Caps Change Styles as Losing Streak Continues

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    NEWSLETTERS

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    WASHINGTON, DC - DECEMBER 15: Semyon Varlamov #1 of the Washington Capitals makes a save against Saku Koivu #11 of the Anaheim Ducks at the Verizon Center on December 15, 2010 in Washington, DC. (Photo by Greg Fiume/Getty Images)

    The run-and-gun Capitals aren't a thing of the past. They may just not show up each night anymore.

    Capitals coach Bruce Boudreau changed philosophies before Wednesday night's game against Anaheim. He decided to match up lines with the Ducks -- partly because of the potent top line of Getzlaf-Perry-Ryan. But also partly because, well, when you're mired in the longest losing streak of your NHL coaching career and you're without one of the top snipers in the game, there's no better time to try something else.

    So the Caps did to the Ducks what many teams do to them. They created a checking line that matched up against the Ducks' No. 1 trio. And while the final score -- a 2-1 OT loss -- didn't show it, Boudreau believes his team made strides in the right direction.

    He was particularly impressed with the checking line he put together of Matt Bradley, Dave Steckel and Brooks Laich.

    "They are veteran guys who have come through and done it for me before," Boudreau said. "If I gave them a job to do, they would come out and do it and do it very well."

    "We don't get to play (together) often," Steckel said, " but when we do, it seems like we pick right back up where we left off. I thought we did that tonight, we felt good, we knew where each other were going to be and we didn't give them much."

    The plan worked very well in the first period. The Caps outshot the Ducks 17-7 and managed to put a goal past netminder Jonas Hiller. Well, they actually put two past him, but the second was saved just before it crossed the goal line by Ryan Getzlaf.

    Brooks Laich, who had already scored the first goal of the game on a backhand from the slot, nearly made it 2-0 after picking off an Andreas Lilja pass that was thrown blindly up the middle in his own zone. Laich quickly shot from the slot and under Hiller, but Getzlaf skated in behind him and poked it out of danger before it crossed the line.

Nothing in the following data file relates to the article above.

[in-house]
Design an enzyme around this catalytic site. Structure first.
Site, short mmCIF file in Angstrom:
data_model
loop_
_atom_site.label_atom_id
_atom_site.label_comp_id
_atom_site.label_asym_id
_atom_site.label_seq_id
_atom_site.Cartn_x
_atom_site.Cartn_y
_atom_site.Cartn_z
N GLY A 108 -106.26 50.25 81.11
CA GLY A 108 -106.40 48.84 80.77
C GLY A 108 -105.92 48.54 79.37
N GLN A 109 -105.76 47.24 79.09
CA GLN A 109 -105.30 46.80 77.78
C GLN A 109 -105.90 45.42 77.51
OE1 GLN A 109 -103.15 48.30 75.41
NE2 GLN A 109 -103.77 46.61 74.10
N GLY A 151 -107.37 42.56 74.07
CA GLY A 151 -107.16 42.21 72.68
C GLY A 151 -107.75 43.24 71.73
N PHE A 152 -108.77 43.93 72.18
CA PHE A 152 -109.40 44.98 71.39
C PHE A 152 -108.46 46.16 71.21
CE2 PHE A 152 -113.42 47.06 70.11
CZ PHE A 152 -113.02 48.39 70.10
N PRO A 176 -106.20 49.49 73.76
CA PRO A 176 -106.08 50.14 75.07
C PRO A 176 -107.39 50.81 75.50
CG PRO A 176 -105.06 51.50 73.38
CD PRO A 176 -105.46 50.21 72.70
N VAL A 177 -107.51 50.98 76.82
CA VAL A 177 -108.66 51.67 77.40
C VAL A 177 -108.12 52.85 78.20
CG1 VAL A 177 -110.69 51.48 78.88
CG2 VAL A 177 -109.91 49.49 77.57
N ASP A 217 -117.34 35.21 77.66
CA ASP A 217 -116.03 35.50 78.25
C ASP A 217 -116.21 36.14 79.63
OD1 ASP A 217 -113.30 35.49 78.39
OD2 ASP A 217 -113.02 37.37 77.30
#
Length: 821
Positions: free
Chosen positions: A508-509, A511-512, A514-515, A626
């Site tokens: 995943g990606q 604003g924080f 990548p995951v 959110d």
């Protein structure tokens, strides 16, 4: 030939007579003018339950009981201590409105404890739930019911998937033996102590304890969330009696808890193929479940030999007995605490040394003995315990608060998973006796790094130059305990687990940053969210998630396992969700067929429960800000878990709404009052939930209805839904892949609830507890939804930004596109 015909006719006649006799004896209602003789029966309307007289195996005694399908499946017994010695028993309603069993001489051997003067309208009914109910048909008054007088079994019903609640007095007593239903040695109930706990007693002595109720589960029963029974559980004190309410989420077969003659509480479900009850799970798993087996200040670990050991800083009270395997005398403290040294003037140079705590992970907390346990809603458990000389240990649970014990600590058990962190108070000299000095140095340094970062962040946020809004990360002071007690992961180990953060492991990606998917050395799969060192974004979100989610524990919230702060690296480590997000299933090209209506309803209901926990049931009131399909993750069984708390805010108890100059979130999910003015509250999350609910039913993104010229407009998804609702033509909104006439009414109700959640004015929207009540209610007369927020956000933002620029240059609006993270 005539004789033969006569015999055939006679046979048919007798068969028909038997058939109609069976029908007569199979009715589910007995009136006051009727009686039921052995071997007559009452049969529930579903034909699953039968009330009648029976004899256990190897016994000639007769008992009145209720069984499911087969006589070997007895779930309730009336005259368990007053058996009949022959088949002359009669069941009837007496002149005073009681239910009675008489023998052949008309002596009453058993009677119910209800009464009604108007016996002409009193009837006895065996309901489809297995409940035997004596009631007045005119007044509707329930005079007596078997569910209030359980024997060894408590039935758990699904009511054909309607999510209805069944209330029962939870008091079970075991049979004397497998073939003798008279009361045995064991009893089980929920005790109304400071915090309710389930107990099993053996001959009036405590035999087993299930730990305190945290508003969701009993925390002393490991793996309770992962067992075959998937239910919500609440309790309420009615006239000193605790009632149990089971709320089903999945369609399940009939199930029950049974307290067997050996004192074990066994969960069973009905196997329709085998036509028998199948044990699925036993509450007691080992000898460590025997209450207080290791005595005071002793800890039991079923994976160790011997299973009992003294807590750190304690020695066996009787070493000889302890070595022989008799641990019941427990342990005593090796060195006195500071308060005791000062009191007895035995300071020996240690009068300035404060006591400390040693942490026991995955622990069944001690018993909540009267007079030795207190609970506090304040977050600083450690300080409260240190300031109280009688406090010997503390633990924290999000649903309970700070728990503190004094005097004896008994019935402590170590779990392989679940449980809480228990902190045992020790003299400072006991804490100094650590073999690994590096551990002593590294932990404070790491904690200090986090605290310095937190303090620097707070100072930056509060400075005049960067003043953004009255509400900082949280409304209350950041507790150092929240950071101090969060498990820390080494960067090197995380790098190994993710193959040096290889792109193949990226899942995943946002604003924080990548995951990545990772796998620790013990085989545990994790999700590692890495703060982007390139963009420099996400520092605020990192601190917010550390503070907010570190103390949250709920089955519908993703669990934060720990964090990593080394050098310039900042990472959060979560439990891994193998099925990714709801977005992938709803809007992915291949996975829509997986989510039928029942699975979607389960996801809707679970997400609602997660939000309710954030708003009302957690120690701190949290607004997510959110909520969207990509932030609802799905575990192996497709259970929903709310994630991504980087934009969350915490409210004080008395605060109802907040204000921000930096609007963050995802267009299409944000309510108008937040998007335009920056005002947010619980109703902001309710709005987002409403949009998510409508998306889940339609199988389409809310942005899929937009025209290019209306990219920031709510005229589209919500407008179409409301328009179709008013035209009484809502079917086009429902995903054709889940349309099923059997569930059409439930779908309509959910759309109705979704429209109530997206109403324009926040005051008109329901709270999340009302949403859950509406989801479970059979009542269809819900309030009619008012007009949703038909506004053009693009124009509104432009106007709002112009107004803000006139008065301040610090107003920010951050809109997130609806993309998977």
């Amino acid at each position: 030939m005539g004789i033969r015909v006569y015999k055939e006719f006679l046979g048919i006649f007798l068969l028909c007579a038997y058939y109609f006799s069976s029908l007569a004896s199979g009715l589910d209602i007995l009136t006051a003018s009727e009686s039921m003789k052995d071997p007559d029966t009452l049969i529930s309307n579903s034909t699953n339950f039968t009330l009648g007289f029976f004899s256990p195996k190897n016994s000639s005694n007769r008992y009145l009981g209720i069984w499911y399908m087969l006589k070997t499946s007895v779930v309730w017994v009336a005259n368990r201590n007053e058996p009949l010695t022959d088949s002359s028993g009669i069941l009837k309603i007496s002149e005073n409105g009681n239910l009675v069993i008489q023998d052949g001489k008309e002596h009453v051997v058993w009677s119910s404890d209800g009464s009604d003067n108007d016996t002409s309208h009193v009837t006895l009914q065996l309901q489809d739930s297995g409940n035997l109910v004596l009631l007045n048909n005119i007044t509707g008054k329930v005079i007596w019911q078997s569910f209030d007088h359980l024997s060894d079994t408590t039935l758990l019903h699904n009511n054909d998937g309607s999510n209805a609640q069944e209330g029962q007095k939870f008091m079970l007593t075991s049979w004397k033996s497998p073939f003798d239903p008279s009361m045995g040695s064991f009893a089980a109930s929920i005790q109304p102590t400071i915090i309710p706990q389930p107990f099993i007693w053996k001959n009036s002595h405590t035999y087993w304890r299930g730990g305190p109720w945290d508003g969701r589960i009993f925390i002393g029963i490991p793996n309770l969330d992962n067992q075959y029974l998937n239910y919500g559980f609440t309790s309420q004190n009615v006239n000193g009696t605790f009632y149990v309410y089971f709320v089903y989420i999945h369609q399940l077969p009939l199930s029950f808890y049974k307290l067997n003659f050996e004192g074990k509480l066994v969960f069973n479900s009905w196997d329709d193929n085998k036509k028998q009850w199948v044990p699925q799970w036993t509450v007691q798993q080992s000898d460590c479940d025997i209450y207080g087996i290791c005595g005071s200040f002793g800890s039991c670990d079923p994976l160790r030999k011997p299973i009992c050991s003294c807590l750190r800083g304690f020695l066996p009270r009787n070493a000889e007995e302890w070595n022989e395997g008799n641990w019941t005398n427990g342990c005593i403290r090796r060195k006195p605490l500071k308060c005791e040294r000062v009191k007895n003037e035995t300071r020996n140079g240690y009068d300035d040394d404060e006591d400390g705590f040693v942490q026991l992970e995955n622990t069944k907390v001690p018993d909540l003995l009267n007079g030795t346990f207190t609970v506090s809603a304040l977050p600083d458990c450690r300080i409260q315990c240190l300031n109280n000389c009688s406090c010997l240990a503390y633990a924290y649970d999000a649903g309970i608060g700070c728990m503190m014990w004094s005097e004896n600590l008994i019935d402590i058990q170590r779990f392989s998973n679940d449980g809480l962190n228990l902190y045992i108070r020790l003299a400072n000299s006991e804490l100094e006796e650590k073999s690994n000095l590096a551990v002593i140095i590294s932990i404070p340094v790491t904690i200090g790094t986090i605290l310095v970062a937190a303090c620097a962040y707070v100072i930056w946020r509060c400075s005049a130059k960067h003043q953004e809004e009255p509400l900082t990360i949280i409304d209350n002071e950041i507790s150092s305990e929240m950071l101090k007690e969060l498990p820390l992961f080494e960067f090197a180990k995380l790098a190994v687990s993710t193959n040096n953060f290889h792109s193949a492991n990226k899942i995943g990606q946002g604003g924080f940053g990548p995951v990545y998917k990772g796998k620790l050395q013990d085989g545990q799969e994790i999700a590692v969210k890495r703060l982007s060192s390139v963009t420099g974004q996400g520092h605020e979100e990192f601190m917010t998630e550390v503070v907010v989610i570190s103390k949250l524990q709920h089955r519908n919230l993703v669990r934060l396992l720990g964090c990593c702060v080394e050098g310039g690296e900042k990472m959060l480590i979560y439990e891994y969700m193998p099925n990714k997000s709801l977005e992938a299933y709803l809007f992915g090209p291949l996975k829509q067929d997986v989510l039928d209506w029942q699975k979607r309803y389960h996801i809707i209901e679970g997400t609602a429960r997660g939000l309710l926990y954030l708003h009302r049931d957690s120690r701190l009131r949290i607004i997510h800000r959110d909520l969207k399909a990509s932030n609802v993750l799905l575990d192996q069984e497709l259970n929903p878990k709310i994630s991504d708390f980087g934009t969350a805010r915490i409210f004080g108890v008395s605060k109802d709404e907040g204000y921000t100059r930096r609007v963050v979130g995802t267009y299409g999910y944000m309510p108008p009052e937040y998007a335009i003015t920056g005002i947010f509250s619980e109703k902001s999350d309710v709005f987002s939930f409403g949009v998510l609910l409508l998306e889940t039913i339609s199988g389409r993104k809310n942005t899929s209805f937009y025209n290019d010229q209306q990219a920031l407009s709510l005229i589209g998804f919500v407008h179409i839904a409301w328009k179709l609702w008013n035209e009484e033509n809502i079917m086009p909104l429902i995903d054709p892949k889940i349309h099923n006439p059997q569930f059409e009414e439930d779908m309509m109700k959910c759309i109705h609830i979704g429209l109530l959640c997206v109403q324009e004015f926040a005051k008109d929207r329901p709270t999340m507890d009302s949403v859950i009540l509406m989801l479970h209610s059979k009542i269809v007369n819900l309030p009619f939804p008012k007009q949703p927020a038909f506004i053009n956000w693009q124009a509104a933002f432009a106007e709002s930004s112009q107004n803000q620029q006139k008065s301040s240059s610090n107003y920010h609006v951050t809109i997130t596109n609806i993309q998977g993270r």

Bad luck is the only kind of luck you have when you're on a losing streak. That was the theme of the night offensively. Not only did Laich's trickler not make it across the goal line, but Alex Ovechkin hit a crossbar after whistling a wrister past Hiller's ear on a partial breakaway.

    To make matters worse, Hiller pulled off a save-of-the-year candidate on Nicklas Backstrom later in the game.

    Mike Knuble and Backstrom entered the Ducks zone on a 2-on-1, which quickly became a 3-on-1 when Mike Green joined the play. Knuble went "tick," Green went "tack" back to him, and Knuble then set up Backstrom for the "toe." But "toe" turned into "doh" as Hiller somehow managed to swing his stick back behind him to get a piece of Backstrom's shot. The puck then hit the back of Hiller's leg and fell underneath him. No goal.

    "Nine times out of 10 that'll go in," Knuble said.

    Yep, it was that kind of night offensively. If one or two of those pucks go in, the sports writers are typing a different story -- one that may include a Caps' win.

    But as it is, the losing streak continues. Getzlaf made sure of that with the OT winner -- a wrister from the left circle that went through Scott Hannan's legs and then past Semyon Varlamov to send the home fans home unhappy.

    Boudreau, however, is looking at the silver lining, which includes playing a disciplined defensive game where players know their roles. A system where 2-1 wins will be just as sweet as high-scoring affairs.

    "It gives us the ability to play both ways now," Boudreau said. "It's really nice to know you can change the way you play. It just enhances our playbook."

    Is this the turning point for a team looking to make a long playoff run? No one's really sure at this point -- not even Boudreau, who admitted he's never had to do this during a season before.

    The coach got a little philosophical -- and spiritual -- while talking about the changes taking place.

    "Maybe God shined on us too much last year during the regular season," Boudreau pondered after the game. "Maybe this is a divine thing, changing the way we play."

    Heady stuff, coach. But perhaps that is another sign -- a sign that this losing streak has gone on way too long.

    "I hope so," he said. "I have to sleep soon."